Developing around the central crossroads of Stevens Creek Boulevard and Saratoga-Sunnyvale Road, the town had a general store, post office and blacksmith shop.  In 1904, the town was known by the original name of Cupertino after John Doyle revived the name for his Winery. Also going back to history, Saratoga-Sunnyvale Road has become DeAnza Boulevard in Cupertino.

Later on, the Mariani Orchards and Cali Brothers feed and grain operations helped establish Cupertino as an important agricultural and commercial center in the Santa Clara Valley.

By 1951, Cupertino was still a small crossroads town surrounded by orchards halfway between Saratoga and Sunnyvale.  But it was growing, and a few far-sighted men in the community felt that it would need a service club to help with this growth, one that would be interested in community, youth and welfare of those in need.  These men were Don Bandley, Anson Bianchini, Ed Cali, George Fernandez, Sam Lawson, Charlie Rifredi, Fremont Simpson, Neal Thornley, and Ernie Wasson. They organized the Cupertino Lions Club (chartered November 6, 1951) to meet this objective and were sponsored by the Beverly-Burbank Lions Club.  They recognized the strength of local Lions Clubs and Lions Clubs International (LCI) backed by the Objectives, Ethics, and motto of Lions – “WE SERVE”.

Fundraisers were initiated so Cupertino Lions could carry out the Lions motto of “WE SERVE”.  Some fundraisers served the Club well but faded with ever-present changes. Our current major fundraisers have been successful for forty years, having evolved and withstood the changes of time.  These are the Wild Game Feed and the Chicken and Corn Feed.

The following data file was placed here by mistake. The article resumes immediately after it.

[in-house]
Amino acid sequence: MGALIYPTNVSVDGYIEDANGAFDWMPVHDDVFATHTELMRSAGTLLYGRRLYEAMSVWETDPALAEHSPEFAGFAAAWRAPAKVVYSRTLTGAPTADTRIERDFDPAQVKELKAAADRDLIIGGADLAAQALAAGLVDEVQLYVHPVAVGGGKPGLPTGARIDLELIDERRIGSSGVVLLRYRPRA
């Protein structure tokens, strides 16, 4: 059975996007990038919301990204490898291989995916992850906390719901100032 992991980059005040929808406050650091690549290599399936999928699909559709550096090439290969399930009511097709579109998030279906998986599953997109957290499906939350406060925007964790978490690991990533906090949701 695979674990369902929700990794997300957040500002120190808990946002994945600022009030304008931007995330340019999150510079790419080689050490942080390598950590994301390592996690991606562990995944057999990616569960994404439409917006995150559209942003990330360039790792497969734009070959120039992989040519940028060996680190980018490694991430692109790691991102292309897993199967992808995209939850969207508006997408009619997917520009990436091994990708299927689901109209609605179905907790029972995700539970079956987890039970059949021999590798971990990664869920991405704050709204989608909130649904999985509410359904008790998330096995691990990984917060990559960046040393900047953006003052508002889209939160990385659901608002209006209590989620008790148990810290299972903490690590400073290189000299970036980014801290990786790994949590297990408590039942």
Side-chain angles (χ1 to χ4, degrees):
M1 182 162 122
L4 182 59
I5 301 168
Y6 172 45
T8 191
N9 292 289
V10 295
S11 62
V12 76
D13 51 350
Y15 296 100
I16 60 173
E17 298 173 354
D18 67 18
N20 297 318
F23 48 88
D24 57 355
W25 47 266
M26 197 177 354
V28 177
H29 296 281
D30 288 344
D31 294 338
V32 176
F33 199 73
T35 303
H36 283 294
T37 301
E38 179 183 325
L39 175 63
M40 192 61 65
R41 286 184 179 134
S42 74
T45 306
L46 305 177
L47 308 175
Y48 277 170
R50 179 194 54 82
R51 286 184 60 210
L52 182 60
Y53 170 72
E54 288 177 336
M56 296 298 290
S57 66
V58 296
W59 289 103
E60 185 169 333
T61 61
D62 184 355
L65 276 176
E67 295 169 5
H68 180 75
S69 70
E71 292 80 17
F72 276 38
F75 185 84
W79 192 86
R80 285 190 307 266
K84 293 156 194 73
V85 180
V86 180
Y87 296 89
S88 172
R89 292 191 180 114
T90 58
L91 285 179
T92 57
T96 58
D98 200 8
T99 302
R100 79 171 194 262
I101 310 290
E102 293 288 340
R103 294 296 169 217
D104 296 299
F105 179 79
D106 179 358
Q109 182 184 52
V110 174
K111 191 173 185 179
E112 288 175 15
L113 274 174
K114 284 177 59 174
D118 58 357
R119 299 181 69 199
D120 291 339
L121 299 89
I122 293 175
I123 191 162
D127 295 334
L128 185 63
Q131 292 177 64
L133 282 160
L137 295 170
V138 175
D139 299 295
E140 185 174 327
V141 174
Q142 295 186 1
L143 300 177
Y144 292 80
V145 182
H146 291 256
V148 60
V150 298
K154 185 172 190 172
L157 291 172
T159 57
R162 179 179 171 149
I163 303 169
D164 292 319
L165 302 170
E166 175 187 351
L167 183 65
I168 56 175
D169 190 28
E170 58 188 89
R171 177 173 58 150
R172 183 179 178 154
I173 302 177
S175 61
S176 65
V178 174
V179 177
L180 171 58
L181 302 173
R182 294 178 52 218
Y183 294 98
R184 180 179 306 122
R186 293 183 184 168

The Wild Game Feed was originated by Lion Pete Camarda in the 1960s and draws between 350 and 700 guests.  Guests come from miles around to feast on such delicacies as wild boar, deer, elk, calamari, octopus, oysters, crab, buffalo and salmon.  There are always menu variations and surprises (it is more than a BBQ - - it is a feed) at this fundraiser held in June.  Participation in the raffle (about 100 items )is a major draw.

The Chicken and Corn Feed is our event for the entire family.  This August event is held at Blackberrty Farm in Cupertino which has become an environmental treasure for the City of Cupertino.  There is fresh hot corn available all during the event.  A wide spread of hors de’ oeuvres such as barbequed ribs and sausages, calamari, pizza bread and more starts the feed.  This is followed by a meal of chicken, chili, tossed and potato salad, and the fresh corn is always available.

The funds raised support over 30 youth, health and welfare, and community projects including the Santa Clara Valley Blind Center, Via West (Camp Costanoan), Lions Eye Foundation, the A.J. Robinson Foundation (local health screenings using the mobile unit owned by Lions), Lions Hearing Foundation, diabetes awareness, and eyeglasses for those in need.

The many projects have been supported by Cupertino Lions over the long-term.  Every year Cupertino Lions budget for these and other projects, and add new projects while some are dropped due to changes.  Charitable support goes beyond local boundaries as Cupertino Lions select regional, national and international programs that Lions Clubs International sponsors.  However, we are most proud of programs we have initiated or spearheaded.

The Fish-A-Thon is a hands-on project where Lions shine, volunteers shine and participants wear big smiles.  It was conceived in 1960 by Lion Pete Camarda as a fishing picnic for physically and mentally disadvantaged children and adults.  It is held each year at the Stevens Creek Quarry near Stevens Creek Reservoir and is attended by 75 to 100 participants.  With participants, volunteers, and family/caregivers, our BBQ lunch hosts around 400.  Participants catch 3 to 5 trout which are cleaned for them to take home.